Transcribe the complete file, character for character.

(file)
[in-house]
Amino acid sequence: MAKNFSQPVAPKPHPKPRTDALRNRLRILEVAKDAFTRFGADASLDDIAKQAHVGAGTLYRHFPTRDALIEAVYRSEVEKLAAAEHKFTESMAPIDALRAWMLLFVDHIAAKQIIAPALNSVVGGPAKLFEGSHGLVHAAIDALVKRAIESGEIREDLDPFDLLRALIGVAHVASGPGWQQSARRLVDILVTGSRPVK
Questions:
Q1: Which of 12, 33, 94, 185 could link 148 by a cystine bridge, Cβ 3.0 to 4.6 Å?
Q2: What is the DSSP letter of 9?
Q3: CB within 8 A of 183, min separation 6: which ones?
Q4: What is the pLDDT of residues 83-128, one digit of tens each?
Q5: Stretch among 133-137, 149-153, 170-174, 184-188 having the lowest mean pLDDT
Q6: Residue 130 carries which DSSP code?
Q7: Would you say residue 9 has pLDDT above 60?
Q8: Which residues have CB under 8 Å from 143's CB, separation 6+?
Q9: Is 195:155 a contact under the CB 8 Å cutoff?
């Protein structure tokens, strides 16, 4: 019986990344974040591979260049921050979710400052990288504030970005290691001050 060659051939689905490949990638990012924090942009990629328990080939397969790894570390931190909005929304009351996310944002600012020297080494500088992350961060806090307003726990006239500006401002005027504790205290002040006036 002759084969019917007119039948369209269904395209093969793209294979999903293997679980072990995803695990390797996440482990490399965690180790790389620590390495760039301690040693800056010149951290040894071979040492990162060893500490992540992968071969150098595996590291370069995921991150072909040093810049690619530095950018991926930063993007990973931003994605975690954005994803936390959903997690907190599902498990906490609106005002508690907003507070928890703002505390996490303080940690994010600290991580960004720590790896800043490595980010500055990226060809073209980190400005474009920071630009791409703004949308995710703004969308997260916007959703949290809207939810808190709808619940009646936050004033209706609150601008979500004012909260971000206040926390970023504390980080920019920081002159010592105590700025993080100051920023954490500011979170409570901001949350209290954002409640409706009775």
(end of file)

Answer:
[in-house]
Amino acid sequence: MAKNFSQPVAPKPHPKPRTDALRNRLRILEVAKDAFTRFGADASLDDIAKQAHVGAGTLYRHFPTRDALIEAVYRSEVEKLAAAEHKFTESMAPIDALRAWMLLFVDHIAAKQIIAPALNSVVGGPAKLFEGSHGLVHAAIDALVKRAIESGEIREDLDPFDLLRALIGVAHVASGPGWQQSARRLVDILVTGSRPVK
Questions:
Q1: Which of 12, 33, 94, 185 could link 148 by a cystine bridge, Cβ 3.0 to 4.6 Å?
Q2: What is the DSSP letter of 9?
Q3: CB within 8 A of 183, min separation 6: which ones?
Q4: What is the pLDDT of residues 83-128, one digit of tens each?
Q5: Stretch among 133-137, 149-153, 170-174, 184-188 having the lowest mean pLDDT
Q6: Residue 130 carries which DSSP code?
Q7: Would you say residue 9 has pLDDT above 60?
Q8: Which residues have CB under 8 Å from 143's CB, separation 6+?
Q9: Is 195:155 a contact under the CB 8 Å cutoff?
């Protein structure tokens, strides 16, 4: 019986990344974040591979260049921050979710400052990288504030970005290691001050 060659051939689905490949990638990012924090942009990629328990080939397969790894570390931190909005929304009351996310944002600012020297080494500088992350961060806090307003726990006239500006401002005027504790205290002040006036 002759084969019917007119039948369209269904395209093969793209294979999903293997679980072990995803695990390797996440482990490399965690180790790389620590390495760039301690040693800056010149951290040894071979040492990162060893500490992540992968071969150098595996590291370069995921991150072909040093810049690619530095950018991926930063993007990973931003994605975690954005994803936390959903997690907190599902498990906490609106005002508690907003507070928890703002505390996490303080940690994010600290991580960004720590790896800043490595980010500055990226060809073209980190400005474009920071630009791409703004949308995710703004969308997260916007959703949290809207939810808190709808619940009646936050004033209706609150601008979500004012909260971000206040926390970023504390980080920019920081002159010592105590700025993080100051920023954490500011979170409570901001949350209290954002409640409706009775």